South Sudanese government reinforcements have mobilized this week into Jonglei state in violation of ceasefire accords, according to a statement published Friday by the Troika group of nations, whose representatives serve on ceasefire monitoring teams in South Sudan.
Foreign ministries of the ‘Troika’ — the United Kingdom, United States, and Norway — claimed “strong evidence of violations of the Cessation of Hostilities” in recent weeks perpetrated by both government and opposition forces.
Citing witness accounts by ceasefire monitors, the three Western governments, which serve as guarantors of a collapsed 2015 peace accord, describe “the movement this week of hundreds of Government troops into Jonglei state.”
Throughout the civil war Jonglei has been divided, with the western half controlled by President Salva Kiir’s SPLA and much of the eastern half controlled by the rebel SPLA-IO. After more than two years of general stability along the Jonglei front, President Salva Kiir in January last year publicly ordered a military offensive.
Since then the government has gained ground in central parts of the state while tens of thousands of refugees have fled eastward toward Ethiopia.
Elsewhere in South Sudan, the Troika says there have been violations of the cessation of hostilities also in Unity State, perpetrated by both government and opposition forces, though the Troika did not elaborate on what these violations were.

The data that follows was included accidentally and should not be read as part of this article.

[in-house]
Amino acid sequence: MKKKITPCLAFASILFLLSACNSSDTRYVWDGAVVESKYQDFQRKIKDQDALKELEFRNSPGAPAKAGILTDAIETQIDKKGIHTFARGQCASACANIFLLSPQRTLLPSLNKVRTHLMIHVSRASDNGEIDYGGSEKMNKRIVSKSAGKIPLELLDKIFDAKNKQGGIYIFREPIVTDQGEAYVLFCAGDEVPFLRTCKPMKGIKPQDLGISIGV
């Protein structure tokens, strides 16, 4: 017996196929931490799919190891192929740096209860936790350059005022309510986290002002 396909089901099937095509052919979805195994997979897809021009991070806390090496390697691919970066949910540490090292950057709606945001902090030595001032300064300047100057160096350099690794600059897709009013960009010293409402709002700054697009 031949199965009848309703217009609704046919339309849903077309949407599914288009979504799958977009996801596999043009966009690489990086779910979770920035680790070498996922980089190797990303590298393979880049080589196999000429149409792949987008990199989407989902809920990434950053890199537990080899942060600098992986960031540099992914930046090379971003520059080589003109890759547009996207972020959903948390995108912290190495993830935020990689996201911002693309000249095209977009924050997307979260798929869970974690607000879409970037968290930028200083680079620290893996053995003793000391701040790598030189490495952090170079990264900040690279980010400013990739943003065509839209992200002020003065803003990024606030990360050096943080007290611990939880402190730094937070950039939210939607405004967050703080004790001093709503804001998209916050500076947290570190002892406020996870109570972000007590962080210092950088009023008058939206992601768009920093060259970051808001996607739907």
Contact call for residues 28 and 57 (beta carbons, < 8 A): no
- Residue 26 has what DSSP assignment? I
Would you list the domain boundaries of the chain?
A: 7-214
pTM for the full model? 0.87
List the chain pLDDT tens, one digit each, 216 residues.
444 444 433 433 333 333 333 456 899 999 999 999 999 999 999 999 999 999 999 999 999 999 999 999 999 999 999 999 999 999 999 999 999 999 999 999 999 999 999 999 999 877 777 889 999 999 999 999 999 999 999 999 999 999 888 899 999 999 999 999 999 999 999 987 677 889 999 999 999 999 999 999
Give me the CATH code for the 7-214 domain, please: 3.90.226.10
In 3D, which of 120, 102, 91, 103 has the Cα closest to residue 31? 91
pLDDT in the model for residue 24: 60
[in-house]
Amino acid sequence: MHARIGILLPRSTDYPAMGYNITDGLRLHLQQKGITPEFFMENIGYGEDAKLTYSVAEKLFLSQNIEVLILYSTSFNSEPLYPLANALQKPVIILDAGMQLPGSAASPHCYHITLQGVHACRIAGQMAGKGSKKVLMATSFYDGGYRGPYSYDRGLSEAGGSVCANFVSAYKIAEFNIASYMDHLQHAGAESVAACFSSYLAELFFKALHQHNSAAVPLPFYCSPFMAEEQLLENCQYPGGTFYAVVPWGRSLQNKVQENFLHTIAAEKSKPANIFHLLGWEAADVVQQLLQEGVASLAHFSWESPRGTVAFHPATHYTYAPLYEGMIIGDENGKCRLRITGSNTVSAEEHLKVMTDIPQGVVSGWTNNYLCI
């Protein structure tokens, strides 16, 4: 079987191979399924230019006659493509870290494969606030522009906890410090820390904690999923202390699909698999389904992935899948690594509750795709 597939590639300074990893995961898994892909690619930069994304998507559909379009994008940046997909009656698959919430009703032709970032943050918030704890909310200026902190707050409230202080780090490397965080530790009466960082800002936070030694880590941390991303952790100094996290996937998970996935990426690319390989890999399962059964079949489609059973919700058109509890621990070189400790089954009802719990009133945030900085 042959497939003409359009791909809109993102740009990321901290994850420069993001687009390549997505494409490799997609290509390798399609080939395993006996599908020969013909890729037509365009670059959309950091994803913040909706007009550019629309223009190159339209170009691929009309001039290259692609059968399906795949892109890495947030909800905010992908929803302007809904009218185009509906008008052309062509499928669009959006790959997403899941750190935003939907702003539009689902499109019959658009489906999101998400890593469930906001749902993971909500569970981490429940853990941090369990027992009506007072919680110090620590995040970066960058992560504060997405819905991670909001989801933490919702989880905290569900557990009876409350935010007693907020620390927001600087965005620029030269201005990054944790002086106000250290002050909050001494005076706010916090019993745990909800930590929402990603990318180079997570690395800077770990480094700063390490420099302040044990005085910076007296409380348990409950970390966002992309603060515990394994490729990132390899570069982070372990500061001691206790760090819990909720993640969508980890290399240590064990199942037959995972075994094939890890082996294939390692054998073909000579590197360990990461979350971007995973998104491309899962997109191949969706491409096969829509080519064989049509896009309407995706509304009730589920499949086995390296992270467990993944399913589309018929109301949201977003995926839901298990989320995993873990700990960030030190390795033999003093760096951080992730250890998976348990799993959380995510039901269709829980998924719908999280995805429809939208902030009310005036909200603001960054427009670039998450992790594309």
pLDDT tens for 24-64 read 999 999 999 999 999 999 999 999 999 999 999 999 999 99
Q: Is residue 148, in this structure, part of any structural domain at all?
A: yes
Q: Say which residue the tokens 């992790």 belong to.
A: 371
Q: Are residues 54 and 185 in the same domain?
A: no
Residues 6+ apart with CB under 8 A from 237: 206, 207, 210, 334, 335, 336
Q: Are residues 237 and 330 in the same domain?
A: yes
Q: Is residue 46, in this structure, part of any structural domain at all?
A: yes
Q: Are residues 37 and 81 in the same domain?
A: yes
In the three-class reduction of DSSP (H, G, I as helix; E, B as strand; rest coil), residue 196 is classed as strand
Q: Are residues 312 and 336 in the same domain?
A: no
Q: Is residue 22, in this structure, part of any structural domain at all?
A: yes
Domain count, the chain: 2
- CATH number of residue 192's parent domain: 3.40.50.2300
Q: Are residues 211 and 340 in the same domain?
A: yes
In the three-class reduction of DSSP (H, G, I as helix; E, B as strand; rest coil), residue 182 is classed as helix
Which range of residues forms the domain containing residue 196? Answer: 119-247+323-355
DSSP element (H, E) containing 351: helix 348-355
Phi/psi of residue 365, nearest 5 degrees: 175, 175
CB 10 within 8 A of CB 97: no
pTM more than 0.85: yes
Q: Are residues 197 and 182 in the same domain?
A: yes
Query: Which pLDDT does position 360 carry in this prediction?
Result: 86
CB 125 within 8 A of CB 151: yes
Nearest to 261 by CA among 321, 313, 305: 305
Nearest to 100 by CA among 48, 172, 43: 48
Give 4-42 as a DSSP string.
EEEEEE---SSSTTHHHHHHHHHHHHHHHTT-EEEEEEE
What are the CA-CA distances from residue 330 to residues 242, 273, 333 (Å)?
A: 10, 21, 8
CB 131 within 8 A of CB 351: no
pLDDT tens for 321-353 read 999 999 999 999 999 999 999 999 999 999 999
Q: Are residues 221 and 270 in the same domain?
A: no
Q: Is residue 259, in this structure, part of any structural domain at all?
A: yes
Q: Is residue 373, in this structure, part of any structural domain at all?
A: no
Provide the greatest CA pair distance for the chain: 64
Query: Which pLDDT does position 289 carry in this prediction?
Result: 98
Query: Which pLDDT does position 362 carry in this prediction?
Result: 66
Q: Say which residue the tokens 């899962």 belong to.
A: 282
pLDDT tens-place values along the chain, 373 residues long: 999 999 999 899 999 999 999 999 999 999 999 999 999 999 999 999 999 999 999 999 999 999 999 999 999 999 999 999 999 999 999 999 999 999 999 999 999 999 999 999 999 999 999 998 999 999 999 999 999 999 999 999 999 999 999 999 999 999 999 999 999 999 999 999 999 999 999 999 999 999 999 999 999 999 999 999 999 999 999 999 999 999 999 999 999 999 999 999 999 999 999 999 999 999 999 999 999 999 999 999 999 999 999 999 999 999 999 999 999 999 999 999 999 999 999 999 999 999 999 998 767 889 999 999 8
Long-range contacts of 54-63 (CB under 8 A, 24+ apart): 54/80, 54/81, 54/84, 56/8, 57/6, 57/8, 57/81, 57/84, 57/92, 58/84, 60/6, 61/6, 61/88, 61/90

Regarding the recent attacks on the western outskirts of the capital Juba, the Troika says there is “strong evidence” linking recently defected government troops loyal to former Chief of Staff Gen. Paul Malong to the violence.
Malong’s loyalist and field commander Chan Garang has claimed responsibility for the attack in a recent media interview. His forces have not committed to any cessation of hostilities agreement with the government.
Neither Chan nor Malong are involved in the ongoing South Sudan High Level Revitalisation Forum, a Troika-backed effort to resuscitate the 2015 deal.
Nonetheless, the Troika in its statement warns of possible consequences for Chan and other commanders who may engage in violence, saying, “We remain committed to holding to account all those who obstruct the realisation of lasting peace for the people of South Sudan, whether or not they are participating directly in the Forum.”
Troika diplomats are calling for South Sudanese leaders to participate at the Forum “in the spirit of compromise,” adding, “Parties must not be able to increase their influence through force of arms in advance of the second round of talks.”